Wood v City of Texas City
This is a public nuisance/substandard building case in a city utilizing a Buildings and Standards Commission. Wood owned, among many others, two properties in Galveston County which he purchased at a foreclosure sale. Following Hurricane Ike, Wood was faced with the task of repairing storm-induced damage on many of his properties. These two properties in Chelsea Manor were admittedly on his low priority list as they were unlikely to produce rental income once repaired. As a result, Wood did nothing to them and they slid deeper and deeper into disrepair. The City put Wood on notice they were substandard and needed repair. After a hearing before the Buildings and Standards Commission, the Commission found the properties substandard, were a public nuisance, and ordered their demolition. Wood sued in district court challenging the demolition orders and brought takings claims in the same suit. The testimony demonstrated both properties were in pretty bad (and I mean bad) shape. The Trial court noted the properties were attractive and public nuisances and authorized demolition. Wood appealed.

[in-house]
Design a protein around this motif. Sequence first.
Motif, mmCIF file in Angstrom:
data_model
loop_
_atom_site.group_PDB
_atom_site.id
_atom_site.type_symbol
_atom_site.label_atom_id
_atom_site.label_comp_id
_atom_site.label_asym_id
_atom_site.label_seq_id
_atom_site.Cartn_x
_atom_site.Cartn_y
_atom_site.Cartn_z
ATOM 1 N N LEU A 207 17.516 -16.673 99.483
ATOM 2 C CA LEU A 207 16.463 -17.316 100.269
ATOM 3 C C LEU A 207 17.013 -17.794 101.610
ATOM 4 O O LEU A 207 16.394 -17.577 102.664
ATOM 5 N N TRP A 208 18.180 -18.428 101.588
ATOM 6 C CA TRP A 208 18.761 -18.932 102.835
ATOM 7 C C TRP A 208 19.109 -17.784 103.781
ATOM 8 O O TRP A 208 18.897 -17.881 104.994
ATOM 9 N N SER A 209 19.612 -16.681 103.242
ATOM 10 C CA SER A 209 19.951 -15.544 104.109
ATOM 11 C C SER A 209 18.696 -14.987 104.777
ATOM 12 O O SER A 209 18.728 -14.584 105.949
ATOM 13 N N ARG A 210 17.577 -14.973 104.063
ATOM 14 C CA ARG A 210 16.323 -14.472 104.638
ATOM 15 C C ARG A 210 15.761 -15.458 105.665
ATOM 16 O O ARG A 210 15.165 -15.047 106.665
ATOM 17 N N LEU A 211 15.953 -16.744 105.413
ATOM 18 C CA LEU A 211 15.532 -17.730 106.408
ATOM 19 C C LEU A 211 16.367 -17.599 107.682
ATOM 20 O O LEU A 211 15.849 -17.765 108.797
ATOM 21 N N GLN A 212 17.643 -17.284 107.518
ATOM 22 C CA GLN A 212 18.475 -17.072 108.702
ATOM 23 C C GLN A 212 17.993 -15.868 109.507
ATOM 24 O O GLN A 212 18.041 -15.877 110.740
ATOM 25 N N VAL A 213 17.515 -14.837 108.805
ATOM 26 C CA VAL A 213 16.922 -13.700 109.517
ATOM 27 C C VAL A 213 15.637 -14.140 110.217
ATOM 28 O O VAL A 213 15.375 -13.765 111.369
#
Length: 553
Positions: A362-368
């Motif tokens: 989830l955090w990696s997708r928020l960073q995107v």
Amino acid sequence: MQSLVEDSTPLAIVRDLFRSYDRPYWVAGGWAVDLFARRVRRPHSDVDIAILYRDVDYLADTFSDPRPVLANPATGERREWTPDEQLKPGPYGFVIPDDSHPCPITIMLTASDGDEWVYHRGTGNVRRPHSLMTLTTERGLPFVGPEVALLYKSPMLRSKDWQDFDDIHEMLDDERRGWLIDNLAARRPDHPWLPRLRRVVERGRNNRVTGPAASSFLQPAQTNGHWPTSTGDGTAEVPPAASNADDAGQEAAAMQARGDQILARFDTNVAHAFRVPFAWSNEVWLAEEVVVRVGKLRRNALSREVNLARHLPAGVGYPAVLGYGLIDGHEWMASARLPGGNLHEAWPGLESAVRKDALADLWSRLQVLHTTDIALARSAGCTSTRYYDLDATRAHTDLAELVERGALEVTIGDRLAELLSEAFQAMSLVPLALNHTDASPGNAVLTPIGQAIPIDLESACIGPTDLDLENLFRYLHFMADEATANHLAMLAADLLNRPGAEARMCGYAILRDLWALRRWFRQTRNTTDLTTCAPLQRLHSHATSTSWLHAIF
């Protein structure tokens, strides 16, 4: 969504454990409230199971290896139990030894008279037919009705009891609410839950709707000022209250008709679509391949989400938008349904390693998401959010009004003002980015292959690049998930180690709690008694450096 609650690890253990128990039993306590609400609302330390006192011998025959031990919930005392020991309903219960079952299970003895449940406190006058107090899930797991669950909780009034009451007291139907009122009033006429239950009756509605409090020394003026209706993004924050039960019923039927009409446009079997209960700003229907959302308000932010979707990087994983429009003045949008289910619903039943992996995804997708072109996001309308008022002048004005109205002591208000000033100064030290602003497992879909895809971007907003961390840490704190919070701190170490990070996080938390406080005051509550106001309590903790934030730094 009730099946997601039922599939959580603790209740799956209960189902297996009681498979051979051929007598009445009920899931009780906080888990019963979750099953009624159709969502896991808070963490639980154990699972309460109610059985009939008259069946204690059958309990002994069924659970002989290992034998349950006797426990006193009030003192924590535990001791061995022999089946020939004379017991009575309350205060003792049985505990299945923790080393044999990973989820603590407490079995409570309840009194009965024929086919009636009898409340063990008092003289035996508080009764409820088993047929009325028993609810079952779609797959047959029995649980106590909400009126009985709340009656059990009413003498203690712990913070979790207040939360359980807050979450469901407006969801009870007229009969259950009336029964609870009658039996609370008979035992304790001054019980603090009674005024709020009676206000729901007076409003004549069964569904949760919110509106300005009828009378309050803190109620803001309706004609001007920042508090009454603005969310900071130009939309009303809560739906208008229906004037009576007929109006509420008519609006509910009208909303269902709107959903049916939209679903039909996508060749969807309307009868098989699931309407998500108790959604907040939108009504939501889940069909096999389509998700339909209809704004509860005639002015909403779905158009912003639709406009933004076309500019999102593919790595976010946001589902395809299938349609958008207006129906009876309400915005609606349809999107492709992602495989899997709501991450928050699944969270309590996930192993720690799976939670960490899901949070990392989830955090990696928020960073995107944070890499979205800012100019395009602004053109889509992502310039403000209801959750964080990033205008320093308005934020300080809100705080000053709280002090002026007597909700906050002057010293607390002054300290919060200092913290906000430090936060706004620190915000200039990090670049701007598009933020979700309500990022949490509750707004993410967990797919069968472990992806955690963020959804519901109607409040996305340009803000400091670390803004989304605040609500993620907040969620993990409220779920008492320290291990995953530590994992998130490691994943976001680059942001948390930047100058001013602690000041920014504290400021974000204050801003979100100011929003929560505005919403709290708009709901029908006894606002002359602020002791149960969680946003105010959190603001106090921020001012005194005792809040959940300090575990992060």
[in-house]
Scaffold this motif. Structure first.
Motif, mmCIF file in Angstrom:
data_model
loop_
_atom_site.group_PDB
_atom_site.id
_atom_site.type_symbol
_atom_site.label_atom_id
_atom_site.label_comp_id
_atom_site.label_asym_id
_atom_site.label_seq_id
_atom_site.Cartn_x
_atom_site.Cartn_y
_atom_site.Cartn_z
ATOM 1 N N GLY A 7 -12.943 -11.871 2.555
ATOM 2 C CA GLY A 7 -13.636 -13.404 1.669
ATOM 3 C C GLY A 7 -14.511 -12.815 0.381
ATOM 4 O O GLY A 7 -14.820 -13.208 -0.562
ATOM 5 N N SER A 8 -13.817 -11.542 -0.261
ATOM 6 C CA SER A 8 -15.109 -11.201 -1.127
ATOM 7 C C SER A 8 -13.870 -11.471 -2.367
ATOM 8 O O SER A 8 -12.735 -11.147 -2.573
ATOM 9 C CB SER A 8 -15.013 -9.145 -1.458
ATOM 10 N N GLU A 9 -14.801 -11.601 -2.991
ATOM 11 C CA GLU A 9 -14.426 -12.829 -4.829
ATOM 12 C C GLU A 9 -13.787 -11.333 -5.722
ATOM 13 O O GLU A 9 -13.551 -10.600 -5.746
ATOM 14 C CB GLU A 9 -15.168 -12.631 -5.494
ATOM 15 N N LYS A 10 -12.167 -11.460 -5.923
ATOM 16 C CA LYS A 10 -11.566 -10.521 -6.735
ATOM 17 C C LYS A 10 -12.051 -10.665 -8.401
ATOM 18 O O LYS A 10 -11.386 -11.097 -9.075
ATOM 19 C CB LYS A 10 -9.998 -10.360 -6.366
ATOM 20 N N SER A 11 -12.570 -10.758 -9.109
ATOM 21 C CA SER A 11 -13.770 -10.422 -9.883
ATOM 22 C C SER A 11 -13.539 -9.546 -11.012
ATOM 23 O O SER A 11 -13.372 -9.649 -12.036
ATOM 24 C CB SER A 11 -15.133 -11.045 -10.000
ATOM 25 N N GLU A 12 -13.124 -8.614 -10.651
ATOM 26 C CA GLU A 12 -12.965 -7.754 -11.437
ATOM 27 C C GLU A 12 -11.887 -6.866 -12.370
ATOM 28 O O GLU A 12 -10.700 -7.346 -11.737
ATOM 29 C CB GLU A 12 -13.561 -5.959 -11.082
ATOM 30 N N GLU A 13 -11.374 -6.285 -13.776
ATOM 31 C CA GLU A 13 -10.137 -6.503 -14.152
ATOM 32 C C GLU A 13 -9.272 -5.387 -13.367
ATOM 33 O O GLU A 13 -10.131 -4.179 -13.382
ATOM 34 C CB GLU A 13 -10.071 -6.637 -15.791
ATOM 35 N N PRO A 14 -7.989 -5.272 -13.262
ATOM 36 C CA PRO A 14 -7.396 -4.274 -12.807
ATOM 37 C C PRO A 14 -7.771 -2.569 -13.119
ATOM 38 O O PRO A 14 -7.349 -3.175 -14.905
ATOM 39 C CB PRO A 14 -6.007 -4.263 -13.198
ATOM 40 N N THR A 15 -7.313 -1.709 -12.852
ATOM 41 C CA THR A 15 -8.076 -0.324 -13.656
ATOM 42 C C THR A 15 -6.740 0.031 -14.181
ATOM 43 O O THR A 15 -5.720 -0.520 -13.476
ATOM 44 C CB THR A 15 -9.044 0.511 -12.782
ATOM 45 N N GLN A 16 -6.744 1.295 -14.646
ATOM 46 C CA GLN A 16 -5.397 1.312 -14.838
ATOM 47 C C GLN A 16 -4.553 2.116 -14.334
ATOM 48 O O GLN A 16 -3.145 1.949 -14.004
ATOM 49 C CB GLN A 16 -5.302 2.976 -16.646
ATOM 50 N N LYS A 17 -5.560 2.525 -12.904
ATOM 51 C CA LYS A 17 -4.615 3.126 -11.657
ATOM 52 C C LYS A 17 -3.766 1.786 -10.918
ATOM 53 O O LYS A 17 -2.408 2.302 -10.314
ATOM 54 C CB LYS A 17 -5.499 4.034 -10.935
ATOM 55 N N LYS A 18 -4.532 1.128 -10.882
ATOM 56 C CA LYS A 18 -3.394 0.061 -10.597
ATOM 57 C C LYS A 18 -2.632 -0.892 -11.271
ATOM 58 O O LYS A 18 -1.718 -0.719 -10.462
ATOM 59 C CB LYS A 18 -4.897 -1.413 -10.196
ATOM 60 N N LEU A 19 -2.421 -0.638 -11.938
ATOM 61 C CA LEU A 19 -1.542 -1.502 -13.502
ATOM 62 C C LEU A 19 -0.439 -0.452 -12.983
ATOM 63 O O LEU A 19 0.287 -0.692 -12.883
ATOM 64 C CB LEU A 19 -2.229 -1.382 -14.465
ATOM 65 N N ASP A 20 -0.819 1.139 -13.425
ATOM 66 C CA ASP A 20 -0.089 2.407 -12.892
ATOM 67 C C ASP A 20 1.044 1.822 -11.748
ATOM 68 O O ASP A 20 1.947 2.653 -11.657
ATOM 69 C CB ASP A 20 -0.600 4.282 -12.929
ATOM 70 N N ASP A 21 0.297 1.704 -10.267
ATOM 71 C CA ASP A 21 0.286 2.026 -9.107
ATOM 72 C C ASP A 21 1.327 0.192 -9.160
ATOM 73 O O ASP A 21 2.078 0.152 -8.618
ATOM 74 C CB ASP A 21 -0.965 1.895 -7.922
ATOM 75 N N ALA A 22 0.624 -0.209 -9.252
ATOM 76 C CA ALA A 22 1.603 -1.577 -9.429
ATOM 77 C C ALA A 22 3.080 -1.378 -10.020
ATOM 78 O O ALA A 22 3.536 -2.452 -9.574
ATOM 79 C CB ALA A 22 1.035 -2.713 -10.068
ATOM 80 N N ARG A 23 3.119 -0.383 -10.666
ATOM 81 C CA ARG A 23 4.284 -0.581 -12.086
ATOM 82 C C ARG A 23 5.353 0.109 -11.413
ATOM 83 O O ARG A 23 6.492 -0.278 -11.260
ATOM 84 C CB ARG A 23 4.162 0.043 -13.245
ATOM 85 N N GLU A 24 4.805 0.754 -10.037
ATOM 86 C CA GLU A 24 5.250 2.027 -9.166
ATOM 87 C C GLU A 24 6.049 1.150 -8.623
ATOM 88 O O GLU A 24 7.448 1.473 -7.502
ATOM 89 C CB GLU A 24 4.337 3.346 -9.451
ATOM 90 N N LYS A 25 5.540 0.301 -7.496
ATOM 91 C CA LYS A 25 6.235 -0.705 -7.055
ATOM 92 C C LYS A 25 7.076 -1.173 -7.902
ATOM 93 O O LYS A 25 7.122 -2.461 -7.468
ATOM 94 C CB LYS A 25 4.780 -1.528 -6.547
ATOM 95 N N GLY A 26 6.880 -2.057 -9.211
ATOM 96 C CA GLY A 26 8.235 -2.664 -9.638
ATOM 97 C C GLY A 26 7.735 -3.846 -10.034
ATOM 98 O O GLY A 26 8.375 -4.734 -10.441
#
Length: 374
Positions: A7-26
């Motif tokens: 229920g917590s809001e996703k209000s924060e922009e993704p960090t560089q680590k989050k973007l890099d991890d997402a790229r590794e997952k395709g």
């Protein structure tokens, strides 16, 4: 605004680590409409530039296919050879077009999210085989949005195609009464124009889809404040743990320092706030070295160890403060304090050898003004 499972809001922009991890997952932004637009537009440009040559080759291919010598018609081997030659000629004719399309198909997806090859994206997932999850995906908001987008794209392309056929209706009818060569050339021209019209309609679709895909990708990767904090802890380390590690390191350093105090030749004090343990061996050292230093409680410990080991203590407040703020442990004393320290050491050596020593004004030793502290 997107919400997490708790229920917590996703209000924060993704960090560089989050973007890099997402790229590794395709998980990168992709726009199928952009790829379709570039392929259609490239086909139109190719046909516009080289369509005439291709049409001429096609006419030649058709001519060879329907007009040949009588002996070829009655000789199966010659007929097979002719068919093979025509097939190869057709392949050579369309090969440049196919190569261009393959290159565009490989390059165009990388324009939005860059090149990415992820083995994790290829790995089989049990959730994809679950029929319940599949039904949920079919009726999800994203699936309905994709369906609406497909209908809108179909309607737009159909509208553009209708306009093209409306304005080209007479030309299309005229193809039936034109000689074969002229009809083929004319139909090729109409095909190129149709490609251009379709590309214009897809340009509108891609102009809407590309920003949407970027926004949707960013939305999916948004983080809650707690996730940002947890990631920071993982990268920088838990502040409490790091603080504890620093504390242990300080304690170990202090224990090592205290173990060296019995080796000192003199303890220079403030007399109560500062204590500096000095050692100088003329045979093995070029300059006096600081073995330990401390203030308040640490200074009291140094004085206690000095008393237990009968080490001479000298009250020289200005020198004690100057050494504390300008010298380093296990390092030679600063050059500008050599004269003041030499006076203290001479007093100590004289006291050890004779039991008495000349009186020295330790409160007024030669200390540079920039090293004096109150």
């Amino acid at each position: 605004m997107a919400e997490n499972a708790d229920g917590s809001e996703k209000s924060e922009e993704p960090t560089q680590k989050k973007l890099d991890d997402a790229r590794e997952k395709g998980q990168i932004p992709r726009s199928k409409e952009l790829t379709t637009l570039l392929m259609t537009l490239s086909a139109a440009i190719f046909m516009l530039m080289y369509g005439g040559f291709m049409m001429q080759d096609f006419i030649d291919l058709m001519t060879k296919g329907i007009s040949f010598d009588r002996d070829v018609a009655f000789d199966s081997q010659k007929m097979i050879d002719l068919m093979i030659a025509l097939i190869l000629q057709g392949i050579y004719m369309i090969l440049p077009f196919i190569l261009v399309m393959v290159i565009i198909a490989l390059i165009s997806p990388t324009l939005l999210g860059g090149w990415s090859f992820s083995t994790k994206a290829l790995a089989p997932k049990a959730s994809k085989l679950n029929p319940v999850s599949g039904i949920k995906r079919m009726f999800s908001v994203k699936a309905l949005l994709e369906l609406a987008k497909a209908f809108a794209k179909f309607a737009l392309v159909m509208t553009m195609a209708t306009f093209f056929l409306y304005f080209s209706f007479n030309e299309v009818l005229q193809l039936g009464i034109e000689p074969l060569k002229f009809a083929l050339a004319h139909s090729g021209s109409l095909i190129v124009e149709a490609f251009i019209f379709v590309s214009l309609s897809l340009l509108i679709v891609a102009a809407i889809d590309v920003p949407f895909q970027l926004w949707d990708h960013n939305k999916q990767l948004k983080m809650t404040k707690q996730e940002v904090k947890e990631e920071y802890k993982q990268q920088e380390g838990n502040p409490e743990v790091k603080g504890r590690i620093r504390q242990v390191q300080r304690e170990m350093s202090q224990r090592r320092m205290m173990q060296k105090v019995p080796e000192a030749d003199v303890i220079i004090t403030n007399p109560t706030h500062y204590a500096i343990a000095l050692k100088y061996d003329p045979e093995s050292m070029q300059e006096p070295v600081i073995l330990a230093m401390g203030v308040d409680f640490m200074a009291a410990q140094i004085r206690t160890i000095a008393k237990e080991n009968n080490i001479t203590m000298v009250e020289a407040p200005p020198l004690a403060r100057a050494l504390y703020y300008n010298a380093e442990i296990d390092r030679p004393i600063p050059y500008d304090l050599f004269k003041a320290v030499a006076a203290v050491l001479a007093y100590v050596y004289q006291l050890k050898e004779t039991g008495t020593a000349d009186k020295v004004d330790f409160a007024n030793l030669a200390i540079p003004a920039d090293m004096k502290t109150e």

This case begins its analysis citing to City of Dallas v. Stewart, 361 S.W.3d 562, 569 (Tex. 2012) and holding that a city does not commit a taking when it abates a nuisance. The court went through a rather long analysis and came to the conclusion the evidence was legally and factually sufficient to support the trial court’s ruling of a nuisance. Therefore the “takings” claims were dismissed. The analysis is a good one to pull from when going through the standards of review to apply in this type of case. The court also gave specific examples of the factual information which supported the determination of a nuisance. This case is a good one to demonstrate a logical connection between a lot of bad facts (for Wood) and how they equate to nuisances and affect public health and safety. The court went on to hold the trial court did not abuse its discretion in ordering the demolition or in overruling a motion for new trial.
Other than providing a lot of detail as to exactly how run down these properties were (which was interesting to read) and that the court started out its analysis with Stewart, there is nothing earthshattering or major about this case. However, it does provide a good starting point for briefing when you have to argue about what constitutes a nuisance and what you should consider trying to establish in front of a court or commission.
If you wish to read this opinion, please click here.